Where I’ve been, Why I left, and Where I’m going…

Sixteen months ago, I embarked on the most incredible and terrifying journey of my life. Moving back to the country of my birth after twelve years of living in the United States. With just the clothes on my back and a few in a box, I came here with nothing, hoping to discover a new life complete with new and exciting experiences. This voyage has surpassed all of my expectations and the places I’ve seen, the people I’ve met, and the adventures I’ve had along the way have shaped the person I’m becoming. But my life is missing a few key ingredients including: A fulfilling occupation that I enjoy and can be proud of. So it’s with mixed emotions and a little trepidation, that I leave the IT field and return to America to start the next chapter of my life. Here’s how I got here, Why I’m leaving, and Where I’m going next…

Since moving to the States at the age of twelve, I had always considered it my home. I had no say in the matter at the time but Mum was marrying a charming Yank and we were being uprooted several thousand miles away to a foreign land. I never felt any pangs of remorse for leaving England. I’d never been to America before but it was a new place with new challenges and I was excited at the prospect of immersing myself into a new culture. I’ll save the tales of the following twelve years for my personal memoirs but for brevity’s sake, let’s skip forward ten years to my cousin’s wedding that began my quest for returning to Blighty.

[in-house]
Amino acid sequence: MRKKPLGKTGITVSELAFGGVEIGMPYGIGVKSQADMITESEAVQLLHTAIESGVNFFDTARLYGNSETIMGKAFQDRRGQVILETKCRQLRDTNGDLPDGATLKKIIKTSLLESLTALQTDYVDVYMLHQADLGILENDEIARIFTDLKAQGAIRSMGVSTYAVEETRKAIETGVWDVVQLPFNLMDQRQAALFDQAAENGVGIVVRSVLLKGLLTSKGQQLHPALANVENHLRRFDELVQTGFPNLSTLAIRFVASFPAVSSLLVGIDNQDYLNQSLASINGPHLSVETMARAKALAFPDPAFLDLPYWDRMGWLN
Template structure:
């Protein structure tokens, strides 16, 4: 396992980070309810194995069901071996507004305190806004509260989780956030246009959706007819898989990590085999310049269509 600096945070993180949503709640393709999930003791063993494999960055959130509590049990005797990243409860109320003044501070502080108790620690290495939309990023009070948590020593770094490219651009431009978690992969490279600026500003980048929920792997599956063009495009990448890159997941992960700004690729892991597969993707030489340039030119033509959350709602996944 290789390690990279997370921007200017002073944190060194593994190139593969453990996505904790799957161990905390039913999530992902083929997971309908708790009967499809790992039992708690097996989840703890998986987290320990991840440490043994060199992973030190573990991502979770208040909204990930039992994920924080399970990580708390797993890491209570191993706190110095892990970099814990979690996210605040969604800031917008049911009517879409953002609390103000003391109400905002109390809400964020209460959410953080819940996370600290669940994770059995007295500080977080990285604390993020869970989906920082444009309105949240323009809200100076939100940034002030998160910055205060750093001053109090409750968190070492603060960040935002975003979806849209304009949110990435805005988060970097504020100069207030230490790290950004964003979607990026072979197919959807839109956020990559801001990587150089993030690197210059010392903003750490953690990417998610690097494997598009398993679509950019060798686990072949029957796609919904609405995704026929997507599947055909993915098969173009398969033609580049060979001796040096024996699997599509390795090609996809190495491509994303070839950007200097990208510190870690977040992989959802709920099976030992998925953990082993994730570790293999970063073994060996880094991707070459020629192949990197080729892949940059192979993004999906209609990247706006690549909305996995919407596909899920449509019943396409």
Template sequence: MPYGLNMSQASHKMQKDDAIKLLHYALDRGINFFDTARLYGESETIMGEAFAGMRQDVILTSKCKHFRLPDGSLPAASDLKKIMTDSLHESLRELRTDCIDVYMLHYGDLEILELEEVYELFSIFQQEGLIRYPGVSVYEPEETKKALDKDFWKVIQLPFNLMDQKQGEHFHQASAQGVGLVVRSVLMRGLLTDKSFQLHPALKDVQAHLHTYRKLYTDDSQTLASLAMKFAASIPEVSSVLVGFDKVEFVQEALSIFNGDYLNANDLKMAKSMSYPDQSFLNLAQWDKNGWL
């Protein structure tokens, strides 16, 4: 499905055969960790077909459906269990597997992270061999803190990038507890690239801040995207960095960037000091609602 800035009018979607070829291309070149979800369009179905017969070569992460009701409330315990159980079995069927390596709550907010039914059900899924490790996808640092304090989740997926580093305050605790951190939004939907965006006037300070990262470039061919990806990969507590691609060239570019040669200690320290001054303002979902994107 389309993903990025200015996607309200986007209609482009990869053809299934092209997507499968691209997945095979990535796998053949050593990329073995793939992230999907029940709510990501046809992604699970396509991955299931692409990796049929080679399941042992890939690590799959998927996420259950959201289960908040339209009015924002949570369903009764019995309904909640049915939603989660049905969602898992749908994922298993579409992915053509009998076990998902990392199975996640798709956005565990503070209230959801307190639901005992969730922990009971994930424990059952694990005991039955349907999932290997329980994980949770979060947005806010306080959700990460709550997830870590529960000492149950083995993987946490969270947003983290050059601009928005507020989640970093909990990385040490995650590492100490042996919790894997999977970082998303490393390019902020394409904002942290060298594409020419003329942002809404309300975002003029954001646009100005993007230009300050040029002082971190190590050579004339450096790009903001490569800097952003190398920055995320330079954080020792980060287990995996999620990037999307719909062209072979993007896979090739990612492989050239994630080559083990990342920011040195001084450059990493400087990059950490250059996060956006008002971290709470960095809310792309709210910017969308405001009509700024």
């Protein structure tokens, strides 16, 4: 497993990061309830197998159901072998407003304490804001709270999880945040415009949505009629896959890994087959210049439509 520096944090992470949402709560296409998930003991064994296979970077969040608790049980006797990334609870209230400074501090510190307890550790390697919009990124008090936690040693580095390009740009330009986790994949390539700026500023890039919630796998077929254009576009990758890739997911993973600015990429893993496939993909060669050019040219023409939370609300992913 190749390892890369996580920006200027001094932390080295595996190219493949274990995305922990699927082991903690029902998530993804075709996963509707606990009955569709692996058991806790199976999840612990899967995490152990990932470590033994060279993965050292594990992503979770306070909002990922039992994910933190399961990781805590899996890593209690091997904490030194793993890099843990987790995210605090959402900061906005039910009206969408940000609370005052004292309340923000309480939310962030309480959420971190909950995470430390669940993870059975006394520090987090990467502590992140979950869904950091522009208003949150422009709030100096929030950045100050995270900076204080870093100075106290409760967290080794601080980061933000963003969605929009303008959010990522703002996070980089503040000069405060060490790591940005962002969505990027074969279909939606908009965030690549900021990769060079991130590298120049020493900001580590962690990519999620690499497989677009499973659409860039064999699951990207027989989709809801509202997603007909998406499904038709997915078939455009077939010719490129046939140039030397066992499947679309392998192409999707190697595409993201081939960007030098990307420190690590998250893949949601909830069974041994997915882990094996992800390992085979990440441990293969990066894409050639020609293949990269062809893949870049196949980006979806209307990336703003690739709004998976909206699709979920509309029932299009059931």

As time away from work in America is hard to come by, I had not returned to the UK in over five years since I began working fulltime in Information Technology. After saving up my annual leave for the preceding two years, I finally had enough accrued to travel home for two weeks. Following a long flight, several trains, and an hour’s car journey, I was presented with this: